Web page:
Pulled Pork Experiment...180* Temp Hold to Finish: qview

Discussion in 'Pork' started by forluvofsmoke, Jun 11, 2010.

  1. forluvofsmoke

    forluvofsmoke Smoking Guru OTBS Member

    Today's experiment is a continuation of a theory I have about finishing temps. Instead of taking the internal temps of the meat to over 200*, I feel a longer soaking at lower temps to finish will get the job done just the same, without exposing the meat's interior to such high heat.

    I've used the temp hold method to finish meats after foiling to steam many times with good results, only at 200* temps for 10-12 hours, instead of 180* for over 18 hours as I used for today's project.

    I smoked this butt to an internal temp of only 150* in 8.5 hours, then panned and tented with a cup of water and held at 180* for 23 hours, and here's the resulting finished product.........

    After smoking to 150*:

    After the 23 hour temp hold @ 180*...internal probed @ 174-176*:

    The bone wouldn't pull out in one piece...the exposed end just kept crumbling between my finger and thumb until I worked on it for a bit and got it to pull out...the last time I've seen a large bone disintegrate like this was from the slow brazed beef stew like my Mom made when I was kid:

    Moisture was slightly below average from the previous times using this method, as I used less water than I should have, but still had the liquids in the pan to toss into the PP for a finishing sauce after de-fatting it. Also, I didn't plan on doing the temp hold for the 23 hours...everyone got together for dinner a few hours later than I anticipated. 18 hours or less would have sufficed to accomplish this task.

    So, this proves it to me that I no longer have any reason to reach high internal temps for pulled meats. When I saw the bone crumbling in my fingers, I knew I had accomplished something very different than you would with a normal foil/steam/resting method to finish the PP.

    Thanks all!

  2. pignit

    pignit Master of the Pit OTBS Member SMF Premier Member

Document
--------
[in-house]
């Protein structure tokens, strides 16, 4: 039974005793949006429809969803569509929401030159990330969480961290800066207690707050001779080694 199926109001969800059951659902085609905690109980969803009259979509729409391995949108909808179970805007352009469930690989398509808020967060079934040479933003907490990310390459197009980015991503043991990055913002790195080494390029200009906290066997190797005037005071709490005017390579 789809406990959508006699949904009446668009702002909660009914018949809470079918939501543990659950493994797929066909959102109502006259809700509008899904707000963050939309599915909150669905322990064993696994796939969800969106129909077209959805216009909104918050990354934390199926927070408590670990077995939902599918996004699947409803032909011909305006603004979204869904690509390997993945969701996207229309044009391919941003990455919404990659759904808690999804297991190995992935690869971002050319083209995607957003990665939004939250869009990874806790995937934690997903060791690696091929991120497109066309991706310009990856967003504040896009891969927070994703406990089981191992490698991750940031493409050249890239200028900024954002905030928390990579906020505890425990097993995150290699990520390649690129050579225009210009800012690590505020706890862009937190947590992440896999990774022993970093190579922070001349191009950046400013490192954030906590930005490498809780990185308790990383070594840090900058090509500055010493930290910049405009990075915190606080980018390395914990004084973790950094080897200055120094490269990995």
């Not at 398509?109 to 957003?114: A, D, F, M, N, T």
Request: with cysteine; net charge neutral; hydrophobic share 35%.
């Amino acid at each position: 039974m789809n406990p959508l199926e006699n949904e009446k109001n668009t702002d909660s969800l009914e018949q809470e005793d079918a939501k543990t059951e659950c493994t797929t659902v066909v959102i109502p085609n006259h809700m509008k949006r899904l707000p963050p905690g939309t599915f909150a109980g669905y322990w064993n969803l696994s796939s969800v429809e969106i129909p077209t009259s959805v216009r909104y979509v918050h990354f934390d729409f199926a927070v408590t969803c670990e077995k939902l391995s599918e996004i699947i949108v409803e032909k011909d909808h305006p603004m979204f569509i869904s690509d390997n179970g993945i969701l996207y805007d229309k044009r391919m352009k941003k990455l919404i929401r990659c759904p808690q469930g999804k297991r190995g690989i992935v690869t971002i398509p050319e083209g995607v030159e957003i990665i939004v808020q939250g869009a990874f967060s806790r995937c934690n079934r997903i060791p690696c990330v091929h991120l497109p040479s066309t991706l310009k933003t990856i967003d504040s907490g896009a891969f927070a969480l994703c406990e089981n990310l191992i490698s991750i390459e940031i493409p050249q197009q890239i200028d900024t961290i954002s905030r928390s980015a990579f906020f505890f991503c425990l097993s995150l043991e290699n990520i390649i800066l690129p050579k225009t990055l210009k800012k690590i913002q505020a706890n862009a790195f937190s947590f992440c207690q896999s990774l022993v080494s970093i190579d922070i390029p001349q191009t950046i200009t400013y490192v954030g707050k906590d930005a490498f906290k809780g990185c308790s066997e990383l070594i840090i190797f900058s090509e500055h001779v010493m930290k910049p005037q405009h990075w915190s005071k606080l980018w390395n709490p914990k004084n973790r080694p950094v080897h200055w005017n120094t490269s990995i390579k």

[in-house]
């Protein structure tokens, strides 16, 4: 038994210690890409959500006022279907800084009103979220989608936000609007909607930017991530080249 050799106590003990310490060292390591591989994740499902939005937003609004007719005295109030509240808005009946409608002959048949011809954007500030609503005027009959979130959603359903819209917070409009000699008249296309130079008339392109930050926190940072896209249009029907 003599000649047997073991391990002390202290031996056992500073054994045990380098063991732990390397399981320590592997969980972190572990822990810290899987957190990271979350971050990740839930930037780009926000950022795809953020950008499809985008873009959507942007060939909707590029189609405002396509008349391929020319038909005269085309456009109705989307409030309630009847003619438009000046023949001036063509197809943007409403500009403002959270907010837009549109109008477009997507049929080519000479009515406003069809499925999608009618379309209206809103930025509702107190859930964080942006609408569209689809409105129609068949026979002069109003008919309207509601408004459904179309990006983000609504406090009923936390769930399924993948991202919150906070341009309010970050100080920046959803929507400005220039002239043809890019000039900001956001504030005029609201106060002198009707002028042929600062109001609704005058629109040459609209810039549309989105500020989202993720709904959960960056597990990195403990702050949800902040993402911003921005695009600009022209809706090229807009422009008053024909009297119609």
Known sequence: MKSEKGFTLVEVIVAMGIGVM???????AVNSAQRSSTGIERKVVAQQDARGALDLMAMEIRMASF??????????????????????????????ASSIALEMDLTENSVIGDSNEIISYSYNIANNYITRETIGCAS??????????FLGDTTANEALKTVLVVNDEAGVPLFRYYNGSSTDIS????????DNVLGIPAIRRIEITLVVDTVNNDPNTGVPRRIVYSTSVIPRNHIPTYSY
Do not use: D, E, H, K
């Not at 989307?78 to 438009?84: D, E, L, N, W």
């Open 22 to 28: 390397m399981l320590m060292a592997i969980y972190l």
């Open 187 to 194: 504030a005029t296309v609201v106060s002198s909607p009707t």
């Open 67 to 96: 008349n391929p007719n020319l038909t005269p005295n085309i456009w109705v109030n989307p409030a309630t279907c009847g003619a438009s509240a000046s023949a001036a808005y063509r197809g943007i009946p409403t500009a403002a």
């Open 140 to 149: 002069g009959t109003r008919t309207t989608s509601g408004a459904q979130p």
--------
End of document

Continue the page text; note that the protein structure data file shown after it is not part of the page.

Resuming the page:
My question would be why would you want to spend that much time smoking a butt? I can smoke a butt in 12 to 14 hours that is as moist and juicy as you could want. I'm not sure I'm understanding the benefit in smoking something that long. The info I've read says that the tenderizing portion of smoking a chunk of tough meat is above the 180 degree internal mark. I have cut down the heat and let a piece of meat smoke longer under certain circumstances (went to bed) and found that I can actually have a very tender piece of meat that hasn't reached that 195 internal but has been held at a lower internal longer and is fall apart moist. I'm just not understanding why you would want to spend that much time smoking a butt. Not being critical... just curious.
  3. caveman

    caveman Master of the Pit SMF Premier Member

    You know Eric, I like the fact that I don't have to ever in this life, eat dried out pork anymore.  I looked at the differences from photo 1 to photo 2 & I was a little surprized.  The shrinkage is killer & out here on the West coast, we pay much more for meat than opposed to the midwest or the south.  (Not too sure about prices in the south but I know everytime I see someone not on the West coast with a good score, I get jealous.)  I know that in order to have a successful smoke, you need to start with a good cut of meat, whether that is Pork or Beef.  Now, in my neck of the woods, we have an abundant amount of grocery chains but I have found my best cuts at a butcher located 16.5 miles from me.  I guess my concern is for those that don't understand shrinkage, keeping them away from the actual smoking process.  (It's been so long since I've prepared a roast of any type in the oven, that I can't remember the ratio of shrinkage to the pound of purchase.  I think my oven is lonely.)

    Again, Thank you for the successful experiment & sharing with us. 
  4. forluvofsmoke

    forluvofsmoke Smoking Guru OTBS Member

    My understanding of the actual tenderizing period during cooking is that the period of time which normally is the plateau (stall) is when the connective tissues are melting. I read somewhere that this occurs at approx. 156-164*F (if I remember correctly). Heck, I can't remember where I read this, either. An SMF thread possibly, or a USDA web page.

    This was just an idea I've been playing around with for doing my smokes early and then being able to hold the meat at temp over longer periods. It fits into what I can plan on being able to do better sometimes, as I may not be able to smoke, foil and rest, and have the meat ready when I want it done. This way, it allows me to start the smoke much earlier than necessary and have it ready whenever we want. Basically, it gives me a much larger window of opportunity, and I don't have to sweat it when I can't start the smoke at the optimum time.

    Besides, there can be many factors which can delay the finish of a smoke (weather or other unforeseen circumstances), and this method can remove most of these possible issues from the equation, for the most part, as it allows me much extra time if any problems do arise, to get everything finished on time.

  5. forluvofsmoke

    forluvofsmoke Smoking Guru OTBS Member

    Yea, that bone was really poking out alot after that long soak in steam...150* internal when I stopped the smoke and panned/tented, and then bringing it up to the mid 170* range removes quite a bit more moisture.